Indie music has long been one of the most honest genres in music. Something about the sound just begs for personal, raw feelings to emerge. And while many artists may get caught in a formula, Courtney Barnett owns it all. Courtney Barnett bares her heart in Tell Me How You Really Feel, a very personal record full of great music and honest emotions.
The very first impression you get of Tell Me How You Really Feel is one of honesty. The daunting intro of 'Hopefulessness' introduces the record perfectly, its slow and calculated approach being backed by powerful lyrics to make for a very entrancing, intimate song. The repetition of "No one is born to hate" throughout the song is a simple yet solemn reminder of that true fact as it looks at remorse and anger towards another. 'Charity' follows a more familiar indie vibe, though not without meaning; in this song, Barnett sings about standing in the middle of so much happiness while being cognizant of the real issues around her. Even closing track 'Sunday Roast' ends the record on a sort of dejected note, though its slow fade out seems to hint at something hopeful ahead.
The power of Tell Me How You Really Feel isn't so much the sound as it is the message, yet even then Barnett makes the most of her medium. Energy is packed into songs like 'City Looks Pretty,' and the way it changes into a more reflective and reserved piece at the end shows how she truly understands flow in music and how to use it effectively. The punchy, awesome guitars of 'Nameless, Faceless' adds some jamming vibes to the record, while the melodies and tones of 'Need A Little Time' overall add to the sense of taking yourself back the song sings about. Even the epic guitar solo of 'Help Your Self' feels emotionally powerful, showing both vulnerability and willpower. Everything on Tell Me How You Really Feel speaks to something greater than its part.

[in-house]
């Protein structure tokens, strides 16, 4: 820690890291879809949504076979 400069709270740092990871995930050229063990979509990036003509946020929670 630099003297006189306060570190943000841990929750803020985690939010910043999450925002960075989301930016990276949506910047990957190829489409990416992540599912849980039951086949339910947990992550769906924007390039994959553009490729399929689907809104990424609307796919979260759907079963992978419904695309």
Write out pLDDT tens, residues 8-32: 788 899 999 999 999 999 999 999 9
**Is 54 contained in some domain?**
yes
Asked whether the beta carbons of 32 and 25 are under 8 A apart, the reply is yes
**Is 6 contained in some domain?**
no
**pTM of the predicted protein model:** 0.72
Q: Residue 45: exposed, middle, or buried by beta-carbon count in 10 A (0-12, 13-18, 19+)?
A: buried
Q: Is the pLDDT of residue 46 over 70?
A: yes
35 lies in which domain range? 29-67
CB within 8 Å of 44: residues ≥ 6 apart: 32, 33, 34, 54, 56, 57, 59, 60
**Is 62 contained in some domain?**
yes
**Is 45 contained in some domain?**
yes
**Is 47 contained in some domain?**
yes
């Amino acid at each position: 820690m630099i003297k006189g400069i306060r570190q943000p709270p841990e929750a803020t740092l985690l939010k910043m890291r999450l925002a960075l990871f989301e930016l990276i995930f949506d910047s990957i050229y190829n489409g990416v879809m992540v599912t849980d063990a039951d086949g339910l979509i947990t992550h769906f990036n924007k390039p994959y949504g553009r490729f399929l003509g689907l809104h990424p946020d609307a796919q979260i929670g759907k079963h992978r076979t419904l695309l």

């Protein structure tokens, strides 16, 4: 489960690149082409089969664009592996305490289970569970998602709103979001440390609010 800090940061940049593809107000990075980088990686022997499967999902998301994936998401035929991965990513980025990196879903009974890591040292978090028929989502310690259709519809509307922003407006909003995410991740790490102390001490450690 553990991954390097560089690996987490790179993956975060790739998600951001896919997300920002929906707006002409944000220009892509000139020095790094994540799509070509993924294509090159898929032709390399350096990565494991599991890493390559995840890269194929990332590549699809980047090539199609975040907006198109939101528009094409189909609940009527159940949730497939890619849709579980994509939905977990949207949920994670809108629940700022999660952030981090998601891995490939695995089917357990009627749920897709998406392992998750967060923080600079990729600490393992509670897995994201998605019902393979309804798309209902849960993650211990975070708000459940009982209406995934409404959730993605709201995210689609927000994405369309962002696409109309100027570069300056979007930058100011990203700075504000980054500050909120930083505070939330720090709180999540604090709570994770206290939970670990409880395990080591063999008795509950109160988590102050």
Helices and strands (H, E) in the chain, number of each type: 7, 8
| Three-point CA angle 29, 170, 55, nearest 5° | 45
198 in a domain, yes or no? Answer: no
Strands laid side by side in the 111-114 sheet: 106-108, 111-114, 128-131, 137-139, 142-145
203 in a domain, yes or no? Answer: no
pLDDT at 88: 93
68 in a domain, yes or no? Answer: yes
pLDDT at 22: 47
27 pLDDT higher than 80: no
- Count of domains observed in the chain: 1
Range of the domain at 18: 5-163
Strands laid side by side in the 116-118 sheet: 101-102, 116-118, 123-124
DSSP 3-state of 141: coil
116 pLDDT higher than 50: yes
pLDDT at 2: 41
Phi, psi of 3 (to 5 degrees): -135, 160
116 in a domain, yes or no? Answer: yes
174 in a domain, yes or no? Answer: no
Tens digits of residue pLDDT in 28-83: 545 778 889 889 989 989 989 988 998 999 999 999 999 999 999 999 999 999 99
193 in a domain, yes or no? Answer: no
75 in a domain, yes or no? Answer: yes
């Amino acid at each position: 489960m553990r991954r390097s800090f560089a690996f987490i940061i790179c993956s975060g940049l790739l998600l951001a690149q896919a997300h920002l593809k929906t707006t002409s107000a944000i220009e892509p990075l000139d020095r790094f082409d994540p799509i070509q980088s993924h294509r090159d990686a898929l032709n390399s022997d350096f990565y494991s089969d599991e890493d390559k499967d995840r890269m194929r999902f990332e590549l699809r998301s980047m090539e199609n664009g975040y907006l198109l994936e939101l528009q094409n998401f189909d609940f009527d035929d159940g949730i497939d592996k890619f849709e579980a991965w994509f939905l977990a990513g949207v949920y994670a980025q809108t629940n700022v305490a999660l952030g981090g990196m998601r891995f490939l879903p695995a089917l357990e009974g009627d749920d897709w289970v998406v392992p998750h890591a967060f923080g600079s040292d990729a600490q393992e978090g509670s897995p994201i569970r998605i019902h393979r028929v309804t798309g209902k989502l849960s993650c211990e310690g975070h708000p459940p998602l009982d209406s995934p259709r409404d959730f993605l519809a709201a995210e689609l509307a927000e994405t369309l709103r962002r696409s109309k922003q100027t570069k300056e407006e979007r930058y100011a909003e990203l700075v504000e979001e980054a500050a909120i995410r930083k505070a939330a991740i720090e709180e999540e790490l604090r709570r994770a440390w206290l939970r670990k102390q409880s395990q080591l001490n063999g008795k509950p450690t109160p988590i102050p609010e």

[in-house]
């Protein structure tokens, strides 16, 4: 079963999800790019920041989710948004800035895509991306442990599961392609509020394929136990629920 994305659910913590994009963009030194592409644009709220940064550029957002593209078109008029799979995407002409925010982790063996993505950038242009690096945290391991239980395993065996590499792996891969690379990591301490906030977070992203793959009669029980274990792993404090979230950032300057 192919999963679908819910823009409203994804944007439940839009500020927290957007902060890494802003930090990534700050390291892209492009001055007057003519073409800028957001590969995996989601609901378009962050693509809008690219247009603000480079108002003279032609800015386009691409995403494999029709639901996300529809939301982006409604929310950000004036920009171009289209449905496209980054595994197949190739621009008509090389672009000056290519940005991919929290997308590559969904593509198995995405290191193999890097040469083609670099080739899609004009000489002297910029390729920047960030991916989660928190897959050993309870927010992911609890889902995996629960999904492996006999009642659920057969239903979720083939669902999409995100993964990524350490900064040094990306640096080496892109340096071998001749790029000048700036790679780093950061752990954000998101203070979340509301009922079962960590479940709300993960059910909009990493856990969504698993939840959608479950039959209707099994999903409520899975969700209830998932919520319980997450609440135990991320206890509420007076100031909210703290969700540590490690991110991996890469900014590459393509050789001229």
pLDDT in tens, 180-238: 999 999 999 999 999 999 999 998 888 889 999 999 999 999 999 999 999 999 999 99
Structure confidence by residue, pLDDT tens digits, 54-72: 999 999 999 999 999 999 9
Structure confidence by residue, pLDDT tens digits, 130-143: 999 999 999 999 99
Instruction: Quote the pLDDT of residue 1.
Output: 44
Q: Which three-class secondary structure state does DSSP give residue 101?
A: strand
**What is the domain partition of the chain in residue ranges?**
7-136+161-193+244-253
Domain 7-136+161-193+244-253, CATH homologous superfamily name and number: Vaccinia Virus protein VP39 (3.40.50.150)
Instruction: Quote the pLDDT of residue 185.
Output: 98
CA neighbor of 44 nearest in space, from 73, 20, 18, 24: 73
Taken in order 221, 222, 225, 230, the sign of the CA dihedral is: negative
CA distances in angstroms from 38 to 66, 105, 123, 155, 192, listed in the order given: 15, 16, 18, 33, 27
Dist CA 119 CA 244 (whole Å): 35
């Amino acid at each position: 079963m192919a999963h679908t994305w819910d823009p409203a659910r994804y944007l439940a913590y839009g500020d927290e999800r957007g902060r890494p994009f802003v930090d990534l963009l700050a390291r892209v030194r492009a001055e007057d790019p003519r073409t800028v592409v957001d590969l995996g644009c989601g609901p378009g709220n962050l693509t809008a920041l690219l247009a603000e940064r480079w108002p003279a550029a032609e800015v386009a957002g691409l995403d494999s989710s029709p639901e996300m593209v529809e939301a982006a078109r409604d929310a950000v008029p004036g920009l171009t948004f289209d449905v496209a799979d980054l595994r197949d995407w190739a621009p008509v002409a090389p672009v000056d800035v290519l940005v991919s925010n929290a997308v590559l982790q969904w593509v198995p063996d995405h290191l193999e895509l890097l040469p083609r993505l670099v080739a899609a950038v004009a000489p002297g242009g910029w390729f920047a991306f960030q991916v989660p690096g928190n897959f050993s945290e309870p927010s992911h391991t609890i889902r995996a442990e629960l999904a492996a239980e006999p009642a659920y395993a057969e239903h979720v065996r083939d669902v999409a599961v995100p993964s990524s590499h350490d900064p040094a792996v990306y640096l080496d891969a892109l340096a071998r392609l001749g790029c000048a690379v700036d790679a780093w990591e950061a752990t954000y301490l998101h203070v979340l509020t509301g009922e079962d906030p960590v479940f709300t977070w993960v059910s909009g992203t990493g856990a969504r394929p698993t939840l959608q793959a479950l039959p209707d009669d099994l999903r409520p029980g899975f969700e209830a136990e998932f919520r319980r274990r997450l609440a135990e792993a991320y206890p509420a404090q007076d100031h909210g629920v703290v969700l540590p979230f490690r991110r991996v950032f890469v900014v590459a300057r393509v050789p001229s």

Courtney Barnett bares her heart in Tell Me How You Really Feel, Barnett being truly honest and open about how she feels in a world full of scorn and relationships that seem to only hurt her. This honesty is exactly what the genre is built out of, and Barnett uses it as the backbone of this record, making it truly powerful and hard hitting.
Favorite Tracks: Need A Little Time; Nameless, Faceless; Hopefulessness; City Looks Pretty
Least Favorite Track: Crippling Self Doubt and A General Lack Of Self-Confidence
Rating: 80 / 100
Stream or buy Tell Me How You Really Feel on Apple Music, and follow our 2018 Playlist on Spotify: